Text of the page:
A 50:50 boiling hot water/vinegar mixture works in a similar way to a commercially available chemical drain cleaner (and is just as effective). The great thing about a homemade vinegar and water concoction is that it’s non-toxic and much less corrosive than commercial drain cleaners. The boiled water melts grease stuck to the inside walls of your pipes and the vinegar takes it away. Try following up a few minutes later with another dose if it doesn’t do the trick the first time round.
3. Use a plunger
A plunger works to force air through any standing water and dislodge the clog. This tends to be a short-term fix that cuts through the clog for a short while, but doesn’t eradicate it like the above solution can.
4. Compressed air
You can use compressed air – or a CO2 drain gun – if you think your drain pipe needs some force to clear it. It essentially breaks up the blockage and pushes the remnants further down the pipe and far away. We recommend considering this after you’ve tried the first three ideas.
5. Hydro sewer jet
If you’re experienced with one of these babies, by all means give this a try. You can rent a hydro jet from a DIY shop, but if you’re not experienced and you’ve tried the above methods, we recommend you call a professional drain cleaner (they may use one of these). If you don’t know what you’re doing with a hydro jet, you may make a mistake, or even injure yourself.
Outside drain blocked with grease
If your outside drain is blocked, you might want to check whether it’s your responsibility or your water providers before you start delving into it. Read What to do if your outside drain is blocked for more information.
How to prevent grease from blocking your drain again
Prevention is always better than a cure. So just remember the following and you won’t have to worry about a grease-clogged drain:
- The central principle is that your drain can only get clogged by a mixture of grease, fat, oil and grit if you put those items down it. So don’t let fats, oils, grease, egg shells, coffee grounds or any food scraps go down the sink.
- Scrape dishes into the bin before washing up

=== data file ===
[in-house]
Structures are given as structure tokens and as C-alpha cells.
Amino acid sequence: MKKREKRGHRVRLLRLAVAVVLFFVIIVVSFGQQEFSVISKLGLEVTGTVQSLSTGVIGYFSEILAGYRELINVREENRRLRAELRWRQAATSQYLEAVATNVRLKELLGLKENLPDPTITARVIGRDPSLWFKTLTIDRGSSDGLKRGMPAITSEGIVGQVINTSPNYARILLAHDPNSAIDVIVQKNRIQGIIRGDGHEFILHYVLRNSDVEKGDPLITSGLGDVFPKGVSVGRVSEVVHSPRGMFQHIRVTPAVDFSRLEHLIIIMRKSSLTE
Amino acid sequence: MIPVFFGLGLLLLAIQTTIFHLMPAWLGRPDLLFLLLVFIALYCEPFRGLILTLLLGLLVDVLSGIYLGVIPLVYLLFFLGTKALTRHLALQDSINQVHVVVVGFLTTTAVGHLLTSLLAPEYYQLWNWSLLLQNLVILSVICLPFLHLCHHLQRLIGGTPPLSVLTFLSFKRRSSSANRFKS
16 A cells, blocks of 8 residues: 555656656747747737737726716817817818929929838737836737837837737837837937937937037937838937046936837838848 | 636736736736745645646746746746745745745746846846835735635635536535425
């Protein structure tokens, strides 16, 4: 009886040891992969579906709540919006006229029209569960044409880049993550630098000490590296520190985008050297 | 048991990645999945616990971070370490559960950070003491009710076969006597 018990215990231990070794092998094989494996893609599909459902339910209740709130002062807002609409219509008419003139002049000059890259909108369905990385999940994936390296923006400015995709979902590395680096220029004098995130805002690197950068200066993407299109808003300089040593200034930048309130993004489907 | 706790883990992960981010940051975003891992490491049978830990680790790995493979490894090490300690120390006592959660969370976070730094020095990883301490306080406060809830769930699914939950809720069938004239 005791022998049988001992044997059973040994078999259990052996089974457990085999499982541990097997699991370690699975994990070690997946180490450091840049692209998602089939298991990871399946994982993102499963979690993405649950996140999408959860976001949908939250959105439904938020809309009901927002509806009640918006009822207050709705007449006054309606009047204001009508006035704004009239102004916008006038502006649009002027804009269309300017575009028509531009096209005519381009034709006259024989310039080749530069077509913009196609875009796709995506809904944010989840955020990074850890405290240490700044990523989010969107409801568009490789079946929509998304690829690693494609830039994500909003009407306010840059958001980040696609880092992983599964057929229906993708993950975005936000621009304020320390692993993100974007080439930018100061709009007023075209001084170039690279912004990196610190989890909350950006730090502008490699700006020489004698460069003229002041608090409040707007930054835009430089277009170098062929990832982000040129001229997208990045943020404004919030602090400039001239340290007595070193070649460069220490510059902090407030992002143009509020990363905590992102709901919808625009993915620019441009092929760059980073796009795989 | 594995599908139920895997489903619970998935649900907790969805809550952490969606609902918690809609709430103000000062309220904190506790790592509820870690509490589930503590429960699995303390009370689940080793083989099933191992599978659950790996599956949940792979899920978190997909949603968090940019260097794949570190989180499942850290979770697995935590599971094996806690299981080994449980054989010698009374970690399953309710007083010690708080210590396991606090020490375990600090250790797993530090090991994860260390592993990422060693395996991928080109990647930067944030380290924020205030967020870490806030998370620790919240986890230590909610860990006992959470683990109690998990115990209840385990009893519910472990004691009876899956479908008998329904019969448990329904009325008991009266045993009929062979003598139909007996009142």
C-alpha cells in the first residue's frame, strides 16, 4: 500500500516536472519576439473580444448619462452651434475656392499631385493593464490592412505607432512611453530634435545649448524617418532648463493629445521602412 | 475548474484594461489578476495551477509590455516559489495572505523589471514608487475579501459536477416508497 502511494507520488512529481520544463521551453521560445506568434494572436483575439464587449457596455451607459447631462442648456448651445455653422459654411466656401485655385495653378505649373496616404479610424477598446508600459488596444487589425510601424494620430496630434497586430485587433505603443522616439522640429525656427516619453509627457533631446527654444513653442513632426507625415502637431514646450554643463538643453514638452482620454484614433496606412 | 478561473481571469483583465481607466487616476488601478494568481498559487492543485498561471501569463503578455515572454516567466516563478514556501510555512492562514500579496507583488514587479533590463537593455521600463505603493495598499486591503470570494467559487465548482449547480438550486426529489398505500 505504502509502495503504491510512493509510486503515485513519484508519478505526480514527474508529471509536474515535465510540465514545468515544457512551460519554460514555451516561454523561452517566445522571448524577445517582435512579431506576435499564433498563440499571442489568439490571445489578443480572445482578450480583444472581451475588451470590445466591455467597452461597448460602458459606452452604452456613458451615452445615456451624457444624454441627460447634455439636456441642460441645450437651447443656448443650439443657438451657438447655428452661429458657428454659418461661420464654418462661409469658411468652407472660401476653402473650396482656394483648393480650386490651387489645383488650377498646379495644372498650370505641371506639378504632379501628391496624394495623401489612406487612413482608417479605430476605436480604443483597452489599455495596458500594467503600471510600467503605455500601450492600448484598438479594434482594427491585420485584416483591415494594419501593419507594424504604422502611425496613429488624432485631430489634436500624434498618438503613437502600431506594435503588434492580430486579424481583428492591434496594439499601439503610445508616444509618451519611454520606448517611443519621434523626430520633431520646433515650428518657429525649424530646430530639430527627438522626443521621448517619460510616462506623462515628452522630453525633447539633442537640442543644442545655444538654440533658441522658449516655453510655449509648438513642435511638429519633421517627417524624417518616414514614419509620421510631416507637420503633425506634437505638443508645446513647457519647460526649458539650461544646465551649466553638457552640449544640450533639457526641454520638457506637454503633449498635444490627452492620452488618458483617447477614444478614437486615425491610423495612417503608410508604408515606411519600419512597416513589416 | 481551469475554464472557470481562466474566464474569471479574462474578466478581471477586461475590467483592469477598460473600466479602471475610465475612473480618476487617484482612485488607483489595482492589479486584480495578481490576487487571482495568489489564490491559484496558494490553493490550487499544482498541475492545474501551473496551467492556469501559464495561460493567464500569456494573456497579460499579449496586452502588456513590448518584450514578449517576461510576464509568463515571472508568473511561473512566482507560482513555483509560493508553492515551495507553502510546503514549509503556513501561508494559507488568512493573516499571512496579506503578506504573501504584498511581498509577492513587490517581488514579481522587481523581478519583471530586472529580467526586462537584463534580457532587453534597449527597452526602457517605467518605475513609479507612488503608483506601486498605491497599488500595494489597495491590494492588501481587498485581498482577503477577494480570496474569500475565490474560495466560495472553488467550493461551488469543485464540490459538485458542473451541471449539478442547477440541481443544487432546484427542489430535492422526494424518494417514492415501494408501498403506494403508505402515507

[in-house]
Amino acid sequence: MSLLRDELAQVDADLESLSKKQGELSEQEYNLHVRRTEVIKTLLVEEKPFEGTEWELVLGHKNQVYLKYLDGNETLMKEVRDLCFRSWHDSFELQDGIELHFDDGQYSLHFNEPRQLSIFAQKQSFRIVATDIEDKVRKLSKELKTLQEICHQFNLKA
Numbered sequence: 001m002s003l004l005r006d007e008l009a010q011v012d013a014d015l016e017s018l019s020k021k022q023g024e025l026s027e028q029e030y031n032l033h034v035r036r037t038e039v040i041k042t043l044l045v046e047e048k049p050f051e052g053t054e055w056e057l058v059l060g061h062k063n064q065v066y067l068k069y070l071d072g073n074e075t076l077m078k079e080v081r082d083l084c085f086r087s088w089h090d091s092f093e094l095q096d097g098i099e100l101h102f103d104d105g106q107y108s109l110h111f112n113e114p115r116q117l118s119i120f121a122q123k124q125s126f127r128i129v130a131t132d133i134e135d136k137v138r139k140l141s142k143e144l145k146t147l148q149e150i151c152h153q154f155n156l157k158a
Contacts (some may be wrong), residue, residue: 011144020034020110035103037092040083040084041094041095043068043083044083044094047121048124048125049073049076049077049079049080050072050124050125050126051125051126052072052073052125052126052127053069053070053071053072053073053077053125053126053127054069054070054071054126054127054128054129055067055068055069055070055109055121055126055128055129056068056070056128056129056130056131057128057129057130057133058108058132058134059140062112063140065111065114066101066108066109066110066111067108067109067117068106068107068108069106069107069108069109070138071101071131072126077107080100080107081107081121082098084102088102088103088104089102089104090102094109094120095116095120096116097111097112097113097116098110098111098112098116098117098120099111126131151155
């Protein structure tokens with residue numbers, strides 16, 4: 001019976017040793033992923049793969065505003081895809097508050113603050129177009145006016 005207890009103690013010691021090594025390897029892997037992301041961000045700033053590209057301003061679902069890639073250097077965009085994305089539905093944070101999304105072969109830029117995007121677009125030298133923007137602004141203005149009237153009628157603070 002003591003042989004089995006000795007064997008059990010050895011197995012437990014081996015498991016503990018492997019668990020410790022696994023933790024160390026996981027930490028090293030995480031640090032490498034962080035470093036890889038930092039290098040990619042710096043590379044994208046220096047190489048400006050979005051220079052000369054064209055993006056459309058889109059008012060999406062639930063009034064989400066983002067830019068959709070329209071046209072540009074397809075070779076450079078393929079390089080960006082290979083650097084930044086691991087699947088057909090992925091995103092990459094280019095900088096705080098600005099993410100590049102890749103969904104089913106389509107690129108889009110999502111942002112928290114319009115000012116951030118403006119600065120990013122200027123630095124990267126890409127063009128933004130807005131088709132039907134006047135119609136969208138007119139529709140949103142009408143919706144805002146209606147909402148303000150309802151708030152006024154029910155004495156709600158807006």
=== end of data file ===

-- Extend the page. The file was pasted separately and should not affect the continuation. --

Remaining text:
- Use a dishwasher instead of washing up. It’s way more efficient and economical.
- Add a fat trap catcher to your kitchen sink. It’s a strainer made out of metal or silicone that lets water flow through to the drain but acts as a barrier to larger, more solid items. This is a game-changer and super cheap to buy online too.
- Wipe dishes with kitchen roll before washing up. This is great for mopping up leftover grease that could cause the above problems.
- Save your excess fats and oils from cooking and reuse them the next time you cook – waste not, want not.
- If you need to wash some particularly greasy dishes, you can soak them in a grease-dissolving or vinegar-based cleaner before you actually wash them. This way the grease will be gone before it even sees the drain.
Sometimes you need a professional drain cleaner
If you find you’re plagued with persistent blocked pipes – perhaps you’ve just bought a property and need a professional opinion – you should definitely call in an expert to diagnose any problems and clear your drains. Our plumbing and drainage insurance is extremely handy for homeowners and landlords, as drain issues can present some very tricky (and messy) problems if you try to sort them out by yourself.
What is the best drain cleaner for grease?
Our first recommendation is to try a homemade mix of boiling hot water and vinegar. It works just as well as a commercial drain cleaner, without the risk of damage, corrosion and harm to our environment.
How do you unblock a greasy sink?
Here are five alternatives to damaging caustic cleaners:
1. Pour boiled hot water down the drain
2. Use a hot water and vinegar
3. Use a plunger for a short-term fix
4. Compressed air or a CO2 drain gun
5. Hydro sewer jet – only if you are experienced
What is the best homemade drain cleaner?
Use a 50:50 mix of boiling hot water and white vinegar. The hot water will melt the fat; the vinegar removes it from the lining of the pipes, and the flow of the water will carry it away down the pipe, so follow up with more hot water in a few minutes.